In August 2019, Pasadena has an energy contract coming up for renewal. Pasadena Water and Power and City Council may be tempted to sign up for a new natural gas contract if our city officials are financially shortsighted. But natural gas is not a good bridge energy source due to the methane that escapes during extraction, transport and storage. In the name of ecological justice and the health of the planet and all its inhabitants our city must decide now not to renew our long-term contract for fossil fuel energy.
The state has mandated that Pasadena create a 20-year plan for sourcing energy for our city, the Integrated Resource Plan (IRP).
1) Pasadena Water and Power, must provide reliable, environmentally responsible electricity at competitive rates.
2) The IRP must have three scenarios: a plan for 50 percent renewables by 2030, for 75 percent, and for 100 percent. We currently are at 32 percent renewables.
3) There must be a citizen advisory group.
4) There must be opportunity for public input.
The state deadline for Pasadena's IRP is January 1, 2019.
The Stakeholder Technical Advisory Group, STAG, a cross-section of citizen volunteers from all rate payer categories, will provide input on IRP analysis and portfolio selections.
We know that of the dozen or so seats on the STAG, the big stakeholders in Pasadena (Kaiser, Huntington Hospital, Cal Tech and Art Center) already have guaranteed seats. Councilmember Margaret McAustin, who chairs the Municipal Services Committee, a representative from the Environmental Advisory Commission and at least one environmentalist will fill the other seats.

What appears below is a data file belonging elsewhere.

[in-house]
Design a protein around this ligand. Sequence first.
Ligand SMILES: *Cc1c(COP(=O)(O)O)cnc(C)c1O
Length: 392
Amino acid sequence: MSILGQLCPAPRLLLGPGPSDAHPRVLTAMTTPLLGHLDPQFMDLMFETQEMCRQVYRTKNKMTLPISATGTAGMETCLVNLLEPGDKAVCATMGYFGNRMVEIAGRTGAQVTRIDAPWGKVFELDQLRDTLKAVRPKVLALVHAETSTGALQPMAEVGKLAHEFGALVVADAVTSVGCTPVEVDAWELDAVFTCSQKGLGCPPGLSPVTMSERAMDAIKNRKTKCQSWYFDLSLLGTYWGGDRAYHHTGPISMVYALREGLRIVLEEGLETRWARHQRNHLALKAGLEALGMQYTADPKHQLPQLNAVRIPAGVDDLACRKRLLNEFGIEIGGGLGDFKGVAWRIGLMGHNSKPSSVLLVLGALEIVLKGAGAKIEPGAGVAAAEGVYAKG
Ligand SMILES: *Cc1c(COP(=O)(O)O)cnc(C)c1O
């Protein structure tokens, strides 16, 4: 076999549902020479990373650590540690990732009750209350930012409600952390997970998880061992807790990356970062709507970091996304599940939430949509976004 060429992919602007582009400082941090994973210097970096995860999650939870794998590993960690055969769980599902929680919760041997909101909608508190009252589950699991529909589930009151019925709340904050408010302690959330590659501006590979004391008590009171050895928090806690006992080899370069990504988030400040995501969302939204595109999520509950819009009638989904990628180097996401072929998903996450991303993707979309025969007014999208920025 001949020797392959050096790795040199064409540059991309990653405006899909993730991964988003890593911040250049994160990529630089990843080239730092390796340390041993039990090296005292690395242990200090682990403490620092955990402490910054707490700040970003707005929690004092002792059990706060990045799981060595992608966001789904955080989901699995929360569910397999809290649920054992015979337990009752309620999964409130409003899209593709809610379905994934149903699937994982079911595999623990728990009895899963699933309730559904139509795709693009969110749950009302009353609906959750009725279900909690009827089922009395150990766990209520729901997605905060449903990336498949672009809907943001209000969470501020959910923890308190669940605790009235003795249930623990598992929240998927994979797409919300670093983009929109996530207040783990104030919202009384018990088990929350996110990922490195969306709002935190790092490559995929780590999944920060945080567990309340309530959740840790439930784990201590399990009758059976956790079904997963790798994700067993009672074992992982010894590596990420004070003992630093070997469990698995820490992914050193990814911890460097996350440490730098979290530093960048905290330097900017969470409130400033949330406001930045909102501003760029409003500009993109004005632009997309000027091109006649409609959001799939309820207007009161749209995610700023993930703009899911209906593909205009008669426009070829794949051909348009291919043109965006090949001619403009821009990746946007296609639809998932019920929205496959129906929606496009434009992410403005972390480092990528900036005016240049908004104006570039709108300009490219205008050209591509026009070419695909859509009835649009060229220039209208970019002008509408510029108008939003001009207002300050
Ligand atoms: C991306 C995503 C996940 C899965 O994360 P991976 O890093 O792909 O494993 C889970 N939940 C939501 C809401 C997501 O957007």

Pasadena 100, an organization of local activists for 100 percent renewable energy, knows that the cost of solar power and battery storage is dropping rapidly. Pasadena 100 hopes that each STAG member will hold PWP, the handsomely paid consultant group and our City Council responsible to balance the harm to climate, air and water pollution, and to health issues that result from continued use of fossil fuels for electricity. It is clear that cost and reliability will have loud voices at this table. Each STAG member should understand they must weigh climate in as well.
The main ask we have of this process is that there be no new long-term contracts for natural gas. This is a very specific thing the IRP must address.
There will be two public meetings this summer for citizens' input. (The dates will be posted on the Transition Pasadena web page.) The final IRP will go to City Council for a vote in October or November. Will they do the responsible thing for our children and grandchildren and do everything in their power to alleviate climate change?
California, as the sixth largest economy in the world must lead the way to a sustainable future. Pasadena has a wealth of brilliant thinkers. We should be leading the state.